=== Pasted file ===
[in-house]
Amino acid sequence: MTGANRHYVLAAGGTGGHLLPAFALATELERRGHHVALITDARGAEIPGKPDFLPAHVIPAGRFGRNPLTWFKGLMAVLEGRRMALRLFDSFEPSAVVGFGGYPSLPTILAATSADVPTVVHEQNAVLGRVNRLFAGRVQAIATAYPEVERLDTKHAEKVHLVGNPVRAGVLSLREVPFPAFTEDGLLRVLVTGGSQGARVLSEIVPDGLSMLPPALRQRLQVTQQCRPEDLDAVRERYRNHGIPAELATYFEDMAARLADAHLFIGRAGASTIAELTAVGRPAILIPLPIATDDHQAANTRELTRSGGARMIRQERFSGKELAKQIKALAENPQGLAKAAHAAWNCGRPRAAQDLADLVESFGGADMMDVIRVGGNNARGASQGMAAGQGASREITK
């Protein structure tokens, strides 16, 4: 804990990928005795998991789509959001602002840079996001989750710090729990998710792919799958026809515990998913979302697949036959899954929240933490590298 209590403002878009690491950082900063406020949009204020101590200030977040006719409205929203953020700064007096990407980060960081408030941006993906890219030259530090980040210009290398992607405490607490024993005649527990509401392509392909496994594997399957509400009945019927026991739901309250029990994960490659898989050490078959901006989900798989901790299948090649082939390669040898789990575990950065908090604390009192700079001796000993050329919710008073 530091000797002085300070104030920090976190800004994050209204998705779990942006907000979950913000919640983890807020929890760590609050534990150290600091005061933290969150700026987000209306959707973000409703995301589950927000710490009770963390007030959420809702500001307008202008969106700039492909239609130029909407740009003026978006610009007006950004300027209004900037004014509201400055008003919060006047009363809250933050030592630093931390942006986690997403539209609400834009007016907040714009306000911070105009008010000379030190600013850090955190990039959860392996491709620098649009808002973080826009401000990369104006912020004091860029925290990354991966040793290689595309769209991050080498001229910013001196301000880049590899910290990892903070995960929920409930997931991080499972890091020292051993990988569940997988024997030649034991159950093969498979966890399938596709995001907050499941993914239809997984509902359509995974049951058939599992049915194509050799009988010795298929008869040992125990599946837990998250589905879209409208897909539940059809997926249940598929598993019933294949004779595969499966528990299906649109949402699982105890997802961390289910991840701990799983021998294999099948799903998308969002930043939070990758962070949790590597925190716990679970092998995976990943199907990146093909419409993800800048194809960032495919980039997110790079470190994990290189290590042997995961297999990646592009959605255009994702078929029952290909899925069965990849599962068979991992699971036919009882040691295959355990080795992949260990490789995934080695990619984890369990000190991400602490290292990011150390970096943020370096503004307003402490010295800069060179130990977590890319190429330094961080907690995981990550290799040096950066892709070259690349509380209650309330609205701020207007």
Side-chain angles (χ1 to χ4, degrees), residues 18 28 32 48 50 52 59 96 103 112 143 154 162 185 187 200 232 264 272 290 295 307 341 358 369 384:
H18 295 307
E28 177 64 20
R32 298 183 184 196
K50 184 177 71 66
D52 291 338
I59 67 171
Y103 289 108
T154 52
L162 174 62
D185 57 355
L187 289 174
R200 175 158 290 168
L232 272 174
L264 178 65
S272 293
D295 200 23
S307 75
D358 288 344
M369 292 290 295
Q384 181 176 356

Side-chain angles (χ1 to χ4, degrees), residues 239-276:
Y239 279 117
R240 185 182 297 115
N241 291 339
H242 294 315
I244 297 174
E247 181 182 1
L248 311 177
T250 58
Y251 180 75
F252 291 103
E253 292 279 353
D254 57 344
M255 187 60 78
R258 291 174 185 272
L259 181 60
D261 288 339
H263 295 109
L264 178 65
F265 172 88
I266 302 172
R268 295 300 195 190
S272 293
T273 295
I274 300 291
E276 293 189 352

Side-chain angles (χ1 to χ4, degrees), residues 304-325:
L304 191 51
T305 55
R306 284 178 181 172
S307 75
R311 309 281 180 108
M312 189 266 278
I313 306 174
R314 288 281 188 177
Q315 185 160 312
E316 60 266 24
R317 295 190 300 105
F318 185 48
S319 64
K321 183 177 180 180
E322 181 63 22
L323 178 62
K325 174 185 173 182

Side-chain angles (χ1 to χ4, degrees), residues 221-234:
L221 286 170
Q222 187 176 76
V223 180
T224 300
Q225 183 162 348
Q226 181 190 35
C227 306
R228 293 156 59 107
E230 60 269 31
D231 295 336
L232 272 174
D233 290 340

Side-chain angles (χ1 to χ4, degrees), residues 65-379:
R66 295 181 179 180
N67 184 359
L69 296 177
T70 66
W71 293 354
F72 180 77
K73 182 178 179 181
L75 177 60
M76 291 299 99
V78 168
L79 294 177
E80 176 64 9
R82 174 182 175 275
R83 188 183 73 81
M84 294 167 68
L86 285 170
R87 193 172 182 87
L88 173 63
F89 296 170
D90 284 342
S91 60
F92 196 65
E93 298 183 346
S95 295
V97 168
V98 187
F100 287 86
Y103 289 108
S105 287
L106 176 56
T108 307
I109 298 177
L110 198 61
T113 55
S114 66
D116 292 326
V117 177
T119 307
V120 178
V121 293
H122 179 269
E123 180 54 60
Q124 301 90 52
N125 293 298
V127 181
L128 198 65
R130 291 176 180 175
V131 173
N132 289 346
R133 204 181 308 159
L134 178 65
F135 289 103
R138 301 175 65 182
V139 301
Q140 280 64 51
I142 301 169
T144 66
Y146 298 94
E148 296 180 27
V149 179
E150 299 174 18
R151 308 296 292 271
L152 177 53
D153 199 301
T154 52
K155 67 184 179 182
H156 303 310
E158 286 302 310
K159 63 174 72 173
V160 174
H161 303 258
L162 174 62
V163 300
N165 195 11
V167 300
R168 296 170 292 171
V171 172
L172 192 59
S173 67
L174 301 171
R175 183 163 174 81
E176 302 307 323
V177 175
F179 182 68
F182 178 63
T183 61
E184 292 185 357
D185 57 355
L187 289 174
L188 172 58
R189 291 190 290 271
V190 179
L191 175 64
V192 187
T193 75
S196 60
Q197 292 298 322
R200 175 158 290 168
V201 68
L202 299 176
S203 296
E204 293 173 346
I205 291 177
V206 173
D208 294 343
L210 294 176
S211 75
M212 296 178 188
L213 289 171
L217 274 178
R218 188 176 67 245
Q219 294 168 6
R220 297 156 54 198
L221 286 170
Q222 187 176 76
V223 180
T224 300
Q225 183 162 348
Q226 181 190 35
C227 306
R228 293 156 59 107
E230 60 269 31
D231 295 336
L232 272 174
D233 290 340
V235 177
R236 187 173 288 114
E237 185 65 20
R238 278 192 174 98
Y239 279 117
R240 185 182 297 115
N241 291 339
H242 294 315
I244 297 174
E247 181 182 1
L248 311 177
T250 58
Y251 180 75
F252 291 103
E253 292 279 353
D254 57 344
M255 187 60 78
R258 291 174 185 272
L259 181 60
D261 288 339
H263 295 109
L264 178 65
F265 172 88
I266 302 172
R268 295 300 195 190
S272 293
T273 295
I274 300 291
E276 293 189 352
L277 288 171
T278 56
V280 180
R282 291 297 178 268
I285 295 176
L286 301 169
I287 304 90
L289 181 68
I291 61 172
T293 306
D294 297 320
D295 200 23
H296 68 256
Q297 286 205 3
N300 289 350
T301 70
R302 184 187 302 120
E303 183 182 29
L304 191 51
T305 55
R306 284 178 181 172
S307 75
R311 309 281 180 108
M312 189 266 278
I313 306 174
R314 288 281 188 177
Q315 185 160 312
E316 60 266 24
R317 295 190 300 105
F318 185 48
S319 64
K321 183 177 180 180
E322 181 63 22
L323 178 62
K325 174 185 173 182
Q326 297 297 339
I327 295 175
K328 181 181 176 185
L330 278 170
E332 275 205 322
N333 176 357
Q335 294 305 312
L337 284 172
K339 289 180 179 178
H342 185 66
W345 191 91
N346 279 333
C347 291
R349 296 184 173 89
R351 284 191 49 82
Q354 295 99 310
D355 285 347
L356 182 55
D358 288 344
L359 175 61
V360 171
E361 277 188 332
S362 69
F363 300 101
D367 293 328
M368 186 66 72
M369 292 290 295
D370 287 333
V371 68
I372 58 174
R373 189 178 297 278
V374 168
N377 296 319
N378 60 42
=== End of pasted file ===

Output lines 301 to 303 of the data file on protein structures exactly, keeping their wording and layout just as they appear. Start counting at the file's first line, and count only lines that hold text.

I372 58 174
R373 189 178 297 278
V374 168